Former Playgirl EIC Returns to the Sex and Dating Fold

Nicole Caldwell is back, but with an expansive and very different home office view.

In September 2006, four months out of Columbia Journalism graduate school, Nicole Caldwell landed a job as editor in chief of Playgirl magazine. Together with senior editor Jessanne Collins and designer Corinne Weiner, she strove to give the publication relevance.

From a New York Times interview published at the time of the magazine’s end:

The editors printed articles about a campaign to take toxic chemicals out of cosmetics and about problems with Amsterdam’s red-light district. To her delight, Ms. Caldwell landed interviews with Jack LaLanne and Dolly Parton.

The magazine had no marketing or public relations budget, so its editors sought to revive the Playgirl brand themselves, throwing parties at a Lower East Side bar. After [owner] Blue Horizon denied a request to finance a blog, Ms. Collins built one herself, starting it on WordPress, a free platform.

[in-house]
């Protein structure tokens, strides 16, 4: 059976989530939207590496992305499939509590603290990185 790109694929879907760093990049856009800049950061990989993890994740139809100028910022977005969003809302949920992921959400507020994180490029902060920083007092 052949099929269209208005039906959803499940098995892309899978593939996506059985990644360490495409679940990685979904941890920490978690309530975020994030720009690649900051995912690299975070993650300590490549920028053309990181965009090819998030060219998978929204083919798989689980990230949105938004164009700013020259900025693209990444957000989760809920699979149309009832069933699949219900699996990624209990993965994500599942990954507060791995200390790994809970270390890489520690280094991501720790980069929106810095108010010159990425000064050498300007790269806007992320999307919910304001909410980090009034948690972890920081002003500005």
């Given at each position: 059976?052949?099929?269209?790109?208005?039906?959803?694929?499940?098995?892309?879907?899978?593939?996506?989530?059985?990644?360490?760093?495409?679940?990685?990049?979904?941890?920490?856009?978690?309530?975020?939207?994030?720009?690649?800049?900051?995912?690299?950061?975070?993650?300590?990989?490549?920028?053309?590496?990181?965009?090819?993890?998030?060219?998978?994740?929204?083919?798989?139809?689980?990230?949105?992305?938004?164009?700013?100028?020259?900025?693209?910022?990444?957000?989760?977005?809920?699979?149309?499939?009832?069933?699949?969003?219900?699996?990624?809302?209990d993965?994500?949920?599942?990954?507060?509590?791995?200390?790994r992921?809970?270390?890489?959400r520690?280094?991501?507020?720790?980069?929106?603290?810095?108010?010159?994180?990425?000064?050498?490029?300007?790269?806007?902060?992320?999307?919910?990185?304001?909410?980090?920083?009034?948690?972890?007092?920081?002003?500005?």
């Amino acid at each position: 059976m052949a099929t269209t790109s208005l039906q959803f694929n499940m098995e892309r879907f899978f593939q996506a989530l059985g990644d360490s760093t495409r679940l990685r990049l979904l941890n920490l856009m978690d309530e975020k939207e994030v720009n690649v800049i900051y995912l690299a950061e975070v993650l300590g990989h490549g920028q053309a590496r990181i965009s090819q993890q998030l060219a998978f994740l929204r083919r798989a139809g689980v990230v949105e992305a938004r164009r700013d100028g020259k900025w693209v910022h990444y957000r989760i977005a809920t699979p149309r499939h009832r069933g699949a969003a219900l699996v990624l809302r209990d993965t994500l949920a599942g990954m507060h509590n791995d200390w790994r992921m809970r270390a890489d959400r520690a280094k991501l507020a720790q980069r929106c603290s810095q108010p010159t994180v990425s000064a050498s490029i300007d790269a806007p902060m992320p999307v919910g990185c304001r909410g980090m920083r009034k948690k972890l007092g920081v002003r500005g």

Their efforts, the women said, got virtually no support; indeed, their higher-ups, all of them men, usually resisted their push to give the magazine editorial heft.

When Playgirl exited print with the January/February 2009 issue , Caldwell moved on to Diamond District News before taking a radical turn to sustainable farming. And it is from that rural New York State base that she has begun working as Thrillist’s new sex and dating editor:

In 2009, I surrendered cubicle life to move to a farm in Northern New York. Since then, I’ve conducted my writing from the back deck of Better Farm, overlooking forests, fields, free-range chickens and organic gardens. At the farm, I teach sustainable skillsets to make people more self-reliant, creative and loving – and challenge them to turn the hardships of their lives into vehicles for change. In October I accepted a fantastic position as editor for Thrillist Media Group, which allows me to keep a finger on the pulse of the city I love while working with freelance writers to produce provocative, enticing content seen by 15 million people every day.

Like so many people these days, there is also an Airbnb component attached to Caldwell’s triumphant post-Playgirl life. Currently, a click over to the playgirl.com website brings up a warning that the site contains malware.

Caldwell’s first two Thrillist pieces are about the science of dating and the science of kissing. Meanwhile, in September, Better Farm was a finalist in the Martha Stewart American Made Awards.
 
[Photo via: @NicoleMCaldwell; H/T: Wall Street Journal]